By PERO SIMINJI
The National Research Institute (NRI) says that PNG is not well equipped to manage adverse impacts of climate change even with lessons learnt from past incidents.
Senior research fellow and programme leader Prof Eugene Ezebilo told a group of participants in a research presentation in Port Moresby yesterday that government agencies responsible for managing natural disasters were not prepared well enough to adapt to climate change.
“As Papua New Guinea already witnessed drought and frost incidences in 1997 and 2015, it is expected that the country would have developed a sustainable adaptation and management strategy to cope with the drought and frost issues,” he said.
“The latest (2015) drought and frost incidences revealed that government agencies responsible for managing natural disasters in PNG were also not well equipped and prepared to tackle the problems faced.”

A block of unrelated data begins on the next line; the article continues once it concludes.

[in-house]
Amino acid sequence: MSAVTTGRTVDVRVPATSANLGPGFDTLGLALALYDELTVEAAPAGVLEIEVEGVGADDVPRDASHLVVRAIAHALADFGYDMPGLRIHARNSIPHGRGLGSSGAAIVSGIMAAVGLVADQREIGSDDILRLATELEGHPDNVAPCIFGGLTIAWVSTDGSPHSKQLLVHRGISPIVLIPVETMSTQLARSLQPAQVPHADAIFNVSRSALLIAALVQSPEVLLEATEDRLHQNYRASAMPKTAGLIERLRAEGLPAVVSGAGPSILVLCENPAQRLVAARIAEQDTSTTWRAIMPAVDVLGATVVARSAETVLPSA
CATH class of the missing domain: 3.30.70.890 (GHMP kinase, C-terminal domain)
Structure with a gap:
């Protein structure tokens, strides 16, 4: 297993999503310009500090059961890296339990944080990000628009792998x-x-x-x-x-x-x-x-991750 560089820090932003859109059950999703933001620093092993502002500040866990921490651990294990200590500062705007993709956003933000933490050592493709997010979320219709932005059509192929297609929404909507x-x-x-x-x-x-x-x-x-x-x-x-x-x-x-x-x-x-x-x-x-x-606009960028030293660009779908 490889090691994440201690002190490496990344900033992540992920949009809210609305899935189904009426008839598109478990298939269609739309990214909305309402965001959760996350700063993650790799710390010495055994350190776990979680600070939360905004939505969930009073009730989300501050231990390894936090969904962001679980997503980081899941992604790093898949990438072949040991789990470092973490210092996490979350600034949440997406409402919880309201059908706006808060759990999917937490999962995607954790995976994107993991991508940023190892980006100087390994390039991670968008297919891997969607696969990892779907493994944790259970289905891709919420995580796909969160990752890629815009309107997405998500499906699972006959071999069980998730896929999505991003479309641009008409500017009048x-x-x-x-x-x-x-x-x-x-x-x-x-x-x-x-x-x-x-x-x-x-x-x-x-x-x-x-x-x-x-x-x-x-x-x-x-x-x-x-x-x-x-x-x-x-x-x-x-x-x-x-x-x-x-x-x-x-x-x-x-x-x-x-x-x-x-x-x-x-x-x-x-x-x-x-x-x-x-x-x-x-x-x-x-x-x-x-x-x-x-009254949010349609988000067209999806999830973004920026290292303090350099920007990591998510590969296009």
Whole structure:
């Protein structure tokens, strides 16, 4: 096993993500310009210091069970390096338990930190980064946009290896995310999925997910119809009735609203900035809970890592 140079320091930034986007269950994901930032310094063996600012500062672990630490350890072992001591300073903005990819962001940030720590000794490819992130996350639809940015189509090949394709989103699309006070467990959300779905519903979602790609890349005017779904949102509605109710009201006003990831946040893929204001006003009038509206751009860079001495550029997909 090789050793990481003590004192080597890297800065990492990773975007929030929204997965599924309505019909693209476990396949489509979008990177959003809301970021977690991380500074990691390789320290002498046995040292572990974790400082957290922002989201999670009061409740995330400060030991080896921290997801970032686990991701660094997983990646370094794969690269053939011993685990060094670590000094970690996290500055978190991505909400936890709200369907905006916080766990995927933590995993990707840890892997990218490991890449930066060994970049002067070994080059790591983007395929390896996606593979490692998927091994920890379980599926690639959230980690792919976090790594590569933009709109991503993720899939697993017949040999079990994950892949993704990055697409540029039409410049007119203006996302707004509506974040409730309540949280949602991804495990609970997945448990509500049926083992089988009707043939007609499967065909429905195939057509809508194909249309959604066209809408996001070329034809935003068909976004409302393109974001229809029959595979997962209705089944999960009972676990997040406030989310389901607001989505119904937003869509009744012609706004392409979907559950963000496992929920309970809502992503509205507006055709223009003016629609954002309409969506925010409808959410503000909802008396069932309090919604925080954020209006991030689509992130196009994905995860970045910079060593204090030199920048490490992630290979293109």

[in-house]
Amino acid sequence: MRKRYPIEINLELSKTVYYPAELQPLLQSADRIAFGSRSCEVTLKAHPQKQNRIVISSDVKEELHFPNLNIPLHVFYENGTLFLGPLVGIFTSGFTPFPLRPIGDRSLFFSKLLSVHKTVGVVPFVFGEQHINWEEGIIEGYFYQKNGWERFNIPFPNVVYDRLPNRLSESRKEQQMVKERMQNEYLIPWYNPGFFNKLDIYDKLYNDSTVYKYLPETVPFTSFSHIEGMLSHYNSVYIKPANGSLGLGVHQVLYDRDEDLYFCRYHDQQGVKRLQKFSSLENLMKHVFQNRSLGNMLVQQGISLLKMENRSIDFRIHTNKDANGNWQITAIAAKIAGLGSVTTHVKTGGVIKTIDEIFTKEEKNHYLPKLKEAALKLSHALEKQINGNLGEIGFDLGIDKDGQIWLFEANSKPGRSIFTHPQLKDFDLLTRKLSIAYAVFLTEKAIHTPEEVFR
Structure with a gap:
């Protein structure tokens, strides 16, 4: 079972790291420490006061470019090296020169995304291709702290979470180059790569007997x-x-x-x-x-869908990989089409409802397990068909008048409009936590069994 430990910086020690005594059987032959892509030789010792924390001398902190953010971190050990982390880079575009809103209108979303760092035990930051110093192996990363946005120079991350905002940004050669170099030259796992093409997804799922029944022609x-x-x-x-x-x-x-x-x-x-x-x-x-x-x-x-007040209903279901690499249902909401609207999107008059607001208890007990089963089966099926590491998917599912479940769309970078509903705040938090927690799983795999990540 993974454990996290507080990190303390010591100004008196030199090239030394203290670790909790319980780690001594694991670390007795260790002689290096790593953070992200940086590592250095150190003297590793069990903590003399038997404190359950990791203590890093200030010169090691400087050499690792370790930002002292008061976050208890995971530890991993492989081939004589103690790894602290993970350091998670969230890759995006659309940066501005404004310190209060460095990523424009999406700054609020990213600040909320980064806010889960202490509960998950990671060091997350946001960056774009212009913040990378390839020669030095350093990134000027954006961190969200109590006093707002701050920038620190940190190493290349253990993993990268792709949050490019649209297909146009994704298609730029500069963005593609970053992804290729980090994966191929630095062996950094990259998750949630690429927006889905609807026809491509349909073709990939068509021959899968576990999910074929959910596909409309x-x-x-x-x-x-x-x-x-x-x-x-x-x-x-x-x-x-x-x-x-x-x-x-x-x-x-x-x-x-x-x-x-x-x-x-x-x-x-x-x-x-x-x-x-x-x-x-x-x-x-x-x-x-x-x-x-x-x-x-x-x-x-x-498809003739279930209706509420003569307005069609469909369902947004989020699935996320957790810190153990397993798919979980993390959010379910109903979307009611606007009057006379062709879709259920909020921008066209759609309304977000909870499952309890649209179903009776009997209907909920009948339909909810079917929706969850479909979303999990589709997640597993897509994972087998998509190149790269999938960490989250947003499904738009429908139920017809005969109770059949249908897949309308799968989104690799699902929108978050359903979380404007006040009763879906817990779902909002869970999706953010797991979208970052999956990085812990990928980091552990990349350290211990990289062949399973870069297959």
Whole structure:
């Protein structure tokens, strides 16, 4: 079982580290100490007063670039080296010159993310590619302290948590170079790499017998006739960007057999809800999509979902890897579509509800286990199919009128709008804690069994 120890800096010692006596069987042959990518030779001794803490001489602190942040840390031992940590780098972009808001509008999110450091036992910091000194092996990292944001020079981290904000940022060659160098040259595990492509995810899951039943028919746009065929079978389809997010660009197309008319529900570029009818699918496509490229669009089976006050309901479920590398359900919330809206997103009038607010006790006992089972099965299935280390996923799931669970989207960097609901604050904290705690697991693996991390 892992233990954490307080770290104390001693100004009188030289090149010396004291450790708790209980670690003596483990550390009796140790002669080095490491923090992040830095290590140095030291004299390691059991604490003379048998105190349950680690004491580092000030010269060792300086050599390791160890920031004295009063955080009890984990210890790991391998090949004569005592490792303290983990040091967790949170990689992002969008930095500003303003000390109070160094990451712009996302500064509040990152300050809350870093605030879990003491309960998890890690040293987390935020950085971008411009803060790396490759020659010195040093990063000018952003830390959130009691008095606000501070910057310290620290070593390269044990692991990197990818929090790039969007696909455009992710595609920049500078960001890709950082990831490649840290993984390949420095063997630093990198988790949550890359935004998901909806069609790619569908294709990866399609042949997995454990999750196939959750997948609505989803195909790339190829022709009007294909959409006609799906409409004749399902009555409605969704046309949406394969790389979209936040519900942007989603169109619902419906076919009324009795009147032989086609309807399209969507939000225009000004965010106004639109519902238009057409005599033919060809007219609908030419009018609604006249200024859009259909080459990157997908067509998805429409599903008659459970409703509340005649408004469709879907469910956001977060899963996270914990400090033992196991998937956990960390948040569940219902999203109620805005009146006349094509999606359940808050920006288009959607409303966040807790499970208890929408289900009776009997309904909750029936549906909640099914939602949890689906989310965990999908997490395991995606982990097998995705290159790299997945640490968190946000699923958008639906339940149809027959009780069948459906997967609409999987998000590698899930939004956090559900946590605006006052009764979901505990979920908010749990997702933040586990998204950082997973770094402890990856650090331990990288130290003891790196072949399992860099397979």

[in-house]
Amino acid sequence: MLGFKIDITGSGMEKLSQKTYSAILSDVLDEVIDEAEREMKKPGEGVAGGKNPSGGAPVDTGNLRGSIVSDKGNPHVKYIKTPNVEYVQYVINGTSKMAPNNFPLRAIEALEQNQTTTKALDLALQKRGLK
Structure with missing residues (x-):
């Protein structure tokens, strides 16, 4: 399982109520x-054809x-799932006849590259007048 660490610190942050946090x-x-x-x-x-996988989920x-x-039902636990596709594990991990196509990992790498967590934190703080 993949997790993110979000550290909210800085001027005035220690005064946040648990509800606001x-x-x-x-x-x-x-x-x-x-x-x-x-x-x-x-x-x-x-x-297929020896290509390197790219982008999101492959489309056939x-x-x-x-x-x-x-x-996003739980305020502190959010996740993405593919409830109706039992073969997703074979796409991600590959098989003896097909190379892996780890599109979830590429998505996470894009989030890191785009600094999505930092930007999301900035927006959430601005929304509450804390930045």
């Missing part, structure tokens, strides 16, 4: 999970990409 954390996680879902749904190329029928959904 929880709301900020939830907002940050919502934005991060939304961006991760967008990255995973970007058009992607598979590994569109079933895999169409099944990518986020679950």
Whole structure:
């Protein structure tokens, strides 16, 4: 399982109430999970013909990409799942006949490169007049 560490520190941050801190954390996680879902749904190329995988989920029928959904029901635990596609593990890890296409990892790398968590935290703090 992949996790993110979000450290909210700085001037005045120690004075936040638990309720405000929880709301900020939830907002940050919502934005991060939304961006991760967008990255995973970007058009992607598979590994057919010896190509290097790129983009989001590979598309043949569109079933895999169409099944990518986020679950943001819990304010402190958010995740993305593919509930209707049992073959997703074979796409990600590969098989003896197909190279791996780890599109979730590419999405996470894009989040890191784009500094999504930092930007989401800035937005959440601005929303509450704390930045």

Ezebilo said more than two million people at the time were reportedly hard hit and as a result it led to food and water shortages in several provinces.
“Papua New Guinea has been a witness to many droughts and frost but despite this reality, the agriculture sector in the country has not been able to develop a climate adaptation strategy.”
“It was unable to develop an effective and efficient system for managing disasters associated with climate change.”
If the intention of the country is to re-associate with the effects of the climate change, such as droughts and frosts, it is important to create more public awareness on climate change, Ezebilo said.
“Support agricultural extension services for food and cash crops and make drought and frost-tolerant crop varieties accessible to more farmers, promote agricultural systems that combine crop production with forestry (agroforestry) and provide irrigation facilities,” he said.”
“In order to improve effectiveness in disaster management, it is necessary to improve funding of provincial disaster offices, train more citizens on planning and management of disasters and improve long-term monitoring and forecasts of climate change events,” Ezebilo said.
By PERO SIMINJI